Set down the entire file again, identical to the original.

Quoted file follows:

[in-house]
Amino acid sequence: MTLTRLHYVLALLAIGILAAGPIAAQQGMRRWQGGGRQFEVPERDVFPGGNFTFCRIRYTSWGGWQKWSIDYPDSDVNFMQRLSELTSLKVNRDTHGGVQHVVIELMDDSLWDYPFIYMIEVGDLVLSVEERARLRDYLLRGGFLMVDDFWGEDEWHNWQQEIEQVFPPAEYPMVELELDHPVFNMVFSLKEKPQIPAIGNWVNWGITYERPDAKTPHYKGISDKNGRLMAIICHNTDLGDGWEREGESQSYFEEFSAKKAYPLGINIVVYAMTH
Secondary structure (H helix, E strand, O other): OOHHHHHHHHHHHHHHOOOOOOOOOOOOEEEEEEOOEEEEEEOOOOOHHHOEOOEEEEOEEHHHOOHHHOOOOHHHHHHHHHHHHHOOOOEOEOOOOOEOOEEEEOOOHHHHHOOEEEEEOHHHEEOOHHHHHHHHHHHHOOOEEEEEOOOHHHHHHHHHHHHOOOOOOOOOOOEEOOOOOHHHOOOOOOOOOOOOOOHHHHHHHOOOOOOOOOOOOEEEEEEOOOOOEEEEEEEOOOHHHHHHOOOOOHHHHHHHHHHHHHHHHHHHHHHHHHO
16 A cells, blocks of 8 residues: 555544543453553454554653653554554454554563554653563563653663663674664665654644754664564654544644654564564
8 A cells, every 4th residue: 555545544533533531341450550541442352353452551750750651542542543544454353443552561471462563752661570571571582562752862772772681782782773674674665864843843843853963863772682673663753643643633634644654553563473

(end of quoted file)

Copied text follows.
[in-house]
Amino acid sequence: MTLTRLHYVLALLAIGILAAGPIAAQQGMRRWQGGGRQFEVPERDVFPGGNFTFCRIRYTSWGGWQKWSIDYPDSDVNFMQRLSELTSLKVNRDTHGGVQHVVIELMDDSLWDYPFIYMIEVGDLVLSVEERARLRDYLLRGGFLMVDDFWGEDEWHNWQQEIEQVFPPAEYPMVELELDHPVFNMVFSLKEKPQIPAIGNWVNWGITYERPDAKTPHYKGISDKNGRLMAIICHNTDLGDGWEREGESQSYFEEFSAKKAYPLGINIVVYAMTH
Secondary structure (H helix, E strand, O other): OOHHHHHHHHHHHHHHOOOOOOOOOOOOEEEEEEOOEEEEEEOOOOOHHHOEOOEEEEOEEHHHOOHHHOOOOHHHHHHHHHHHHHOOOOEOEOOOOOEOOEEEEOOOHHHHHOOEEEEEOHHHEEOOHHHHHHHHHHHHOOOEEEEEOOOHHHHHHHHHHHHOOOOOOOOOOOEEOOOOOHHHOOOOOOOOOOOOOOHHHHHHHOOOOOOOOOOOOEEEEEEOOOOOEEEEEEEOOOHHHHHHOOOOOHHHHHHHHHHHHHHHHHHHHHHHHHO
16 A cells, blocks of 8 residues: 555544543453553454554653653554554454554563554653563563653663663674664665654644754664564654544644654564564
8 A cells, every 4th residue: 555545544533533531341450550541442352353452551750750651542542543544454353443552561471462563752661570571571582562752862772772681782782773674674665864843843843853963863772682673663753643643633634644654553563473